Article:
2nd runner up: Shagger’s Serendipity


It is an incontrovertible fact that a fool and his money are soon parted. The story I am about to recite really did happen but was Dale Harris, or Shagger to his friends, a fool?


At six thousand feet, Papua New Guinea’s Highland town of Mendi, is corralled by verdant mountains. As the afternoon advances, its blue canopy is being invaded by inky rain clouds.

‘Shagger, we are bringing six cartons. Is that enough?’ Shagger laughs, in his inimitable falsetto fashion. 

‘That’s half a carton each – could be a long afternoon.’

It is 1977’s and PNG’s independence is already two years old. Mendi was still home to an abundance of public servants, an Australian Army Engineering Regiment, and more ‘god botherers’ than you could poke a stick at. Today, there is a big ‘sing-sing’ happening in the centre of town, so golf has been abandoned. We golfers, plus Shaggers’ mates, are heading to the backyard of his government bungalow to follow the footy and get drunk. 

At this point it is important to tell you that Shagger was victim of the punt. The Koran, the Upanishads and the Bible had all been rolled into one form guide for Shagger. It was called the Punter’s Pal and arrived on Saturday morning’s sparrow-fart’ flight. Shagger injected its wisdom into his consciousness like a smacko who had been on the nod. 

His preferred modus operandi was to choose favourites in all eight races and to enjoy the roller coaster ride of accumulators. This meant that if his selection won the first race, the winnings rolled onto the next race and so on. It was a ploy that was rarely successful, but Shagger argued that the adrenalin rush was like sky diving on steroids. 

Retiring to Shagger’s back yard, an industrial sized Esky now took central stage. Brimming with ice and South Pacific stubbies, it held our nourishment for the arvo’s entertainment. Adjacent, to the Esky were two radios; one was following Radio Australia’s coverage of the Manly v Souths game and the other, the race card from Eagle Farm in Brissy. 

By the time we were peeling our ‘third scab’, the card had advanced to Race Five. Shagger, whose personality invariably hovered over the hysteria button, had crossed over and become maniacal. Four straight winners had seen his original stake morph into a Sisyphean rock. 

Suddenly, a roar ricocheted around the garden. Shagger was dancing on his chair. ‘Good boy got up – that’s five down, three to go.’ We footy followers ignored him, keen to see Manly flogged, for a loathing of the Sea Eagles was de rigeur back in the 70’s.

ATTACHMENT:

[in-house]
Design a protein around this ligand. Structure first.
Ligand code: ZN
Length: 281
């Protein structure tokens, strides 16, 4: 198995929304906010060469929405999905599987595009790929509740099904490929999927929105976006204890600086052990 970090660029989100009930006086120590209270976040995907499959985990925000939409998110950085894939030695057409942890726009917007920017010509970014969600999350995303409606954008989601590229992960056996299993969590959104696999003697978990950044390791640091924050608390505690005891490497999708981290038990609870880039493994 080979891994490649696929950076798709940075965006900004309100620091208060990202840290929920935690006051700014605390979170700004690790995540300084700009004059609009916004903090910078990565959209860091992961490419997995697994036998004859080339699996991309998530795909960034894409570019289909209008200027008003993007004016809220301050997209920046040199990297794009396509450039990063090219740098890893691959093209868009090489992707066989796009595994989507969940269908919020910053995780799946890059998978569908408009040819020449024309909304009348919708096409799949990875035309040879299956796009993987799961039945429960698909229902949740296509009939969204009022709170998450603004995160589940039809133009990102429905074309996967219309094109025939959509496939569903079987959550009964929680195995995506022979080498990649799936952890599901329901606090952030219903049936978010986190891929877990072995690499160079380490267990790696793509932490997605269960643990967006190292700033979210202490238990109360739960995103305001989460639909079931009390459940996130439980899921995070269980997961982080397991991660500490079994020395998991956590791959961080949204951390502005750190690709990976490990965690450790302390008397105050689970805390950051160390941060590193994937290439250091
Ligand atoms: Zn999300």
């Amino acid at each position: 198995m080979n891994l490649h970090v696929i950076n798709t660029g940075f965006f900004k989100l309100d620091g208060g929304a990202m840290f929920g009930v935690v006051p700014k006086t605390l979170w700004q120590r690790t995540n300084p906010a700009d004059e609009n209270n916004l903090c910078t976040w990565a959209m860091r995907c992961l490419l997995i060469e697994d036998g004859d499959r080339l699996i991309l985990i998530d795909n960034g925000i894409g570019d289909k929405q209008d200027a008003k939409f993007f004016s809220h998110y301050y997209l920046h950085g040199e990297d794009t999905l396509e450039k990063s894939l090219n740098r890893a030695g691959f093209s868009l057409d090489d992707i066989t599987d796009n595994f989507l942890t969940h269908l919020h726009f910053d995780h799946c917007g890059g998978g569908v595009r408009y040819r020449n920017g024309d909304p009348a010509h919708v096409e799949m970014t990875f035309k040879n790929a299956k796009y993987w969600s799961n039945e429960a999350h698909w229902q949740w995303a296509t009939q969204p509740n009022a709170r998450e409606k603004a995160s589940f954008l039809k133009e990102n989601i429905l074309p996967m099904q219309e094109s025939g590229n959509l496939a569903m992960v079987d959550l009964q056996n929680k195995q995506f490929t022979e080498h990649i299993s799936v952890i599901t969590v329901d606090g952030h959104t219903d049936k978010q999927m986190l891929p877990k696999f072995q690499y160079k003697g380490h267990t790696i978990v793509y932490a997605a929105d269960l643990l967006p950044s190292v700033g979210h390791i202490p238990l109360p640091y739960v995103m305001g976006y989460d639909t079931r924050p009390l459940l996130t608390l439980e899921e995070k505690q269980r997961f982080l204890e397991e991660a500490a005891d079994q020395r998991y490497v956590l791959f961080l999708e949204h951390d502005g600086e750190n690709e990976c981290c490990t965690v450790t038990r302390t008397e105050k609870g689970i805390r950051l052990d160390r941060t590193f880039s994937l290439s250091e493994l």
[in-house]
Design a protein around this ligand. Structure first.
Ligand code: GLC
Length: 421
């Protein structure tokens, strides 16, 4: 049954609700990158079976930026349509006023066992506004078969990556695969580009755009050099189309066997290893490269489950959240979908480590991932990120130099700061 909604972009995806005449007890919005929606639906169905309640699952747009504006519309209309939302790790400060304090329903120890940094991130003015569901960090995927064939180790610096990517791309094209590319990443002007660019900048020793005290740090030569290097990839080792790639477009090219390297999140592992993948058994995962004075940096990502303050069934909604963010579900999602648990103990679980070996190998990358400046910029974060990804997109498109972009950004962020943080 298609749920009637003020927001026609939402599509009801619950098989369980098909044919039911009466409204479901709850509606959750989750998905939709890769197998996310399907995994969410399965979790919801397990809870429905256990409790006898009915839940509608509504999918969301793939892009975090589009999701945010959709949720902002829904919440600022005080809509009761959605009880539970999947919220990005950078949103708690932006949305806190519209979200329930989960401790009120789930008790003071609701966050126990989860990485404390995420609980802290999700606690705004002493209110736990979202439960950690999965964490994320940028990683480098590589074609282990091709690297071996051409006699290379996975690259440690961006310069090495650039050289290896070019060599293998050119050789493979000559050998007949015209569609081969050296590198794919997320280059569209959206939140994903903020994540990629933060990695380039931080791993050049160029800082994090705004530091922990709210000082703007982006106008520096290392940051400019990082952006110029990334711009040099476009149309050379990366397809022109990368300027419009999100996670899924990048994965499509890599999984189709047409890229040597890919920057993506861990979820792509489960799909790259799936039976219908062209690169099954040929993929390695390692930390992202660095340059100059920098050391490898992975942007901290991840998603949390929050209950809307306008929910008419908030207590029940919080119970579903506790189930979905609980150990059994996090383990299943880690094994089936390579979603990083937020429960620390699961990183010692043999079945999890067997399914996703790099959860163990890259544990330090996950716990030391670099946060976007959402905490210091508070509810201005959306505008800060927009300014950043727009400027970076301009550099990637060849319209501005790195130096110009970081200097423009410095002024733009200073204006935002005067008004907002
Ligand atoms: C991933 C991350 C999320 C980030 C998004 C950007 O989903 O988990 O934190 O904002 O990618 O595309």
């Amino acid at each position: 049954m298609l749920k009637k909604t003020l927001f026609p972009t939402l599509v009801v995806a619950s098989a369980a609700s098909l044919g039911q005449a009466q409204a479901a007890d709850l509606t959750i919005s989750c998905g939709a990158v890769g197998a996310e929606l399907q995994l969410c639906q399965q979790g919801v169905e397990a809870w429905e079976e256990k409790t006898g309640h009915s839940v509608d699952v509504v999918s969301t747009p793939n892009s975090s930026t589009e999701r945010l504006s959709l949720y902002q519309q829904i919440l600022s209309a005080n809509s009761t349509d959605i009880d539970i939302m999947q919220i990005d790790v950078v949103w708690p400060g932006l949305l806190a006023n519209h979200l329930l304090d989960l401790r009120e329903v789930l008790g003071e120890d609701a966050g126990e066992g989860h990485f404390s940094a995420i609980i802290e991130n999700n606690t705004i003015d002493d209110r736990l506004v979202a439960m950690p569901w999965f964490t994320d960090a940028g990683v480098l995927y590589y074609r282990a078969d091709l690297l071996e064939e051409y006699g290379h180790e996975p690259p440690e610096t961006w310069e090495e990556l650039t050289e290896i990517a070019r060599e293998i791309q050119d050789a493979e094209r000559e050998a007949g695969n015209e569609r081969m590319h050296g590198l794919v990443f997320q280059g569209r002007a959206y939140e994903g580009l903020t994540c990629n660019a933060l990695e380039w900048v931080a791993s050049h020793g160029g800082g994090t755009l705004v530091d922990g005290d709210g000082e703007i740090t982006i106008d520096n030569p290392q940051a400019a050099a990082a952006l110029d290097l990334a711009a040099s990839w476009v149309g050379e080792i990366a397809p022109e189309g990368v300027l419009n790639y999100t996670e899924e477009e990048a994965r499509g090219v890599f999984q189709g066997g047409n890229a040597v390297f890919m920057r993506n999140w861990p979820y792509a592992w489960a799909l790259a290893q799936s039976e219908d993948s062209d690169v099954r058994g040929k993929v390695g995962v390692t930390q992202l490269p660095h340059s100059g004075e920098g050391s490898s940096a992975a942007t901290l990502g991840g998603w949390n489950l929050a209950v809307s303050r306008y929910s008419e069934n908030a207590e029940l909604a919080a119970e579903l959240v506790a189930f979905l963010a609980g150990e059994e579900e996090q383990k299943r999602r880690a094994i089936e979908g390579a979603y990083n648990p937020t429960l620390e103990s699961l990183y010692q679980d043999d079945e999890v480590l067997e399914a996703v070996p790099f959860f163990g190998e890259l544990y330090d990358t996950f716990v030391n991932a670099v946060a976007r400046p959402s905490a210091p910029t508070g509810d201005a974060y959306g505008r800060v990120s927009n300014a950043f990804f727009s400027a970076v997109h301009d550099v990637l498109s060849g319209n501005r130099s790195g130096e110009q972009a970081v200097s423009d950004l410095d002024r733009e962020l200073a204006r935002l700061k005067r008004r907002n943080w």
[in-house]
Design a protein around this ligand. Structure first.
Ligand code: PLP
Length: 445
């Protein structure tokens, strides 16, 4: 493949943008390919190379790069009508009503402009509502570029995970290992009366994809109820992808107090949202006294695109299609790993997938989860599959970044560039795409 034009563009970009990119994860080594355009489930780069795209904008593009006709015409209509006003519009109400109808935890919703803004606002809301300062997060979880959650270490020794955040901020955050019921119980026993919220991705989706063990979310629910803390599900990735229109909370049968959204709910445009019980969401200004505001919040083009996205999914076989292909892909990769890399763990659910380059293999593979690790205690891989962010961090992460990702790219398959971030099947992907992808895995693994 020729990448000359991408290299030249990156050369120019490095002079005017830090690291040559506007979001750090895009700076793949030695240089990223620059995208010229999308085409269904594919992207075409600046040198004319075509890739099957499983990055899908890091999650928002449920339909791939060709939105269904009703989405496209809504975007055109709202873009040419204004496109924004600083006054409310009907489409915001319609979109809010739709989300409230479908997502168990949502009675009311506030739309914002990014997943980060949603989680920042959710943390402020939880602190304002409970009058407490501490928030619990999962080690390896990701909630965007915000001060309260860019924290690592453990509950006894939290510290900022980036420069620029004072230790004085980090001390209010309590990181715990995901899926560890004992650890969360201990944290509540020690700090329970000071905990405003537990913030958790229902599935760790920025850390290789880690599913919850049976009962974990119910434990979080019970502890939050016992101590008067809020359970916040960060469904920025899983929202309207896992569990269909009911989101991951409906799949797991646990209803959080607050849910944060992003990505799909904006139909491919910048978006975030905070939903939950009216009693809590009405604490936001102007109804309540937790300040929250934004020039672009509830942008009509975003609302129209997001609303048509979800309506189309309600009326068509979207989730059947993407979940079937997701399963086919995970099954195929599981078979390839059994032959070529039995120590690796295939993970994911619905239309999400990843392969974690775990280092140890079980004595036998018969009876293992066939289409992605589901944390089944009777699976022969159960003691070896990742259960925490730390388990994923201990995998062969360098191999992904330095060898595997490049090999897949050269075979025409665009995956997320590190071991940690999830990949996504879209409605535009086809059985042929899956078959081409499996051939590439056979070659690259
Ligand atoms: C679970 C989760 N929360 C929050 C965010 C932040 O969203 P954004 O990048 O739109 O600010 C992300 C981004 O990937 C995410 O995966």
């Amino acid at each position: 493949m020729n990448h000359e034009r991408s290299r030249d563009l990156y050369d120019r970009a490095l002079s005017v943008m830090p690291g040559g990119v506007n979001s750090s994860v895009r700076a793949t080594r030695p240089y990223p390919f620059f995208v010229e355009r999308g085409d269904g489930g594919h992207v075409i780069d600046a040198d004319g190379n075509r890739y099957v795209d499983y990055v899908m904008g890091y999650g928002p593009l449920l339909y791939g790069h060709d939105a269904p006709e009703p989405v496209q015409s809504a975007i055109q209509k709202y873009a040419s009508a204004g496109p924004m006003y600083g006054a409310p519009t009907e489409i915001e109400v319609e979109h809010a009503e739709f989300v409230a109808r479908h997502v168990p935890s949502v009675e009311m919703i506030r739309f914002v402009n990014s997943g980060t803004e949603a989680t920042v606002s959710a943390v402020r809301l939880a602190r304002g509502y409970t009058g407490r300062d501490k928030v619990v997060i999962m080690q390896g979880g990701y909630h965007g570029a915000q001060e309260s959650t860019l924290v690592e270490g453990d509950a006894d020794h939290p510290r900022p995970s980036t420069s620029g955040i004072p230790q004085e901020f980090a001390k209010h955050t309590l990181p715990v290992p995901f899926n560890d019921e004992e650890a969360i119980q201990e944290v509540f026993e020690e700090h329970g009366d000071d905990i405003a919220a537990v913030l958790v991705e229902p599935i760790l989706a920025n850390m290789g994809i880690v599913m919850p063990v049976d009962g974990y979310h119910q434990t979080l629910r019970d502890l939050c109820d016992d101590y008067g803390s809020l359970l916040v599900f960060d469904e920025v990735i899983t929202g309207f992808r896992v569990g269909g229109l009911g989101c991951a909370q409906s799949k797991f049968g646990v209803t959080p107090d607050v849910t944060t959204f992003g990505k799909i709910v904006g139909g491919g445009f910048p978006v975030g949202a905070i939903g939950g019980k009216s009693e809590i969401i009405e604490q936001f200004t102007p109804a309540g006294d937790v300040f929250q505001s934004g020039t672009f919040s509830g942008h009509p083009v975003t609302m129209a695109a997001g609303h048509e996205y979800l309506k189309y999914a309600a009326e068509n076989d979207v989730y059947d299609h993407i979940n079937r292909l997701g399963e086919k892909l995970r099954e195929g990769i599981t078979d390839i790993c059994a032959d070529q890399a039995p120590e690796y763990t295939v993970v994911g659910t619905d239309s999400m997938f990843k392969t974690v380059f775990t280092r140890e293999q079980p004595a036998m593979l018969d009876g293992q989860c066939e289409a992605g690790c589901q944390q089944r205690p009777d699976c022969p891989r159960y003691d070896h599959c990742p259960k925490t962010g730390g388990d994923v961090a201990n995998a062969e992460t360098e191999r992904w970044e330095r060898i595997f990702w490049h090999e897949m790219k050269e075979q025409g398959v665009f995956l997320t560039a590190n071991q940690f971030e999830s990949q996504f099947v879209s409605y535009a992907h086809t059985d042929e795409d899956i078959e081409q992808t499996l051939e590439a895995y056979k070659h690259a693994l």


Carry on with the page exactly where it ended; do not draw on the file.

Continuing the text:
By the time his pick, Gay Pride, had won Race Seven, however, we didn’t care if the Rabbits won or lost. We were involved; no longer sitting but all clustered around the tranny, wishing we were at the rails at Eagle Farm. 

‘Shagger, how much is riding on this one?’

Shagger chortled, ‘More than you earn Skid.’ Skid was Mark Thomas the Council adviser.

Excitement was now etched deeply into Shagger’s face like the lines on a relief map of the Himalayas. Shagger’s horse in the eighth race was called ironically, Celebration, a 2-1 on favourite. It was a one-kilometre race and silence reigned as Johnny Tapp commenced the call. Around the bend, and Celebration had his nose in front. We were all riding him home. Finally it was over. Celebration had won. Shagger was whooping around the garden like a rodeo rider. ‘I’ve just won $18,000,’ he screamed. 

Galloping into the house, he called back, ‘I’m out of here. Get me a plane Garry.’ Garry was Talair’s resident pilot. The next hour was organised chaos.

While Garry obtained permission to fly to Moresby, Shagger was on the phone to Air Nuigini organising a flight south. Not an hour later, Shagger, port safely stowed, was the sole passenger on the yellow Piper Aztec as it zoomed along the strip, barrelling out of our mountain home bound for party time. 


Ten days later I met the morning flight arriving from Moresby. Shagger disembarked with a smile as wide as the Harbour Bridge. 

‘Good time Shagger?’

‘Mate, it was the best week of my life,’ 

Waiting for his bags, I asked? ‘Money well spent then?’

‘Blood oath. What a week. Come to the Club tonight and I’ll tell all.’


Shagger had, he told us that night, booked himself into Lennon’s hotel in Brissy for the week. Moët champagne and a cornucopia of high-class ‘ladies of the night’ were his chosen companions for the week. 

‘My biggest problem’, he laughed, ‘was making the eighteen grand last the week. It was hard, but I managed.’

So, do you think Shagger was a fool?

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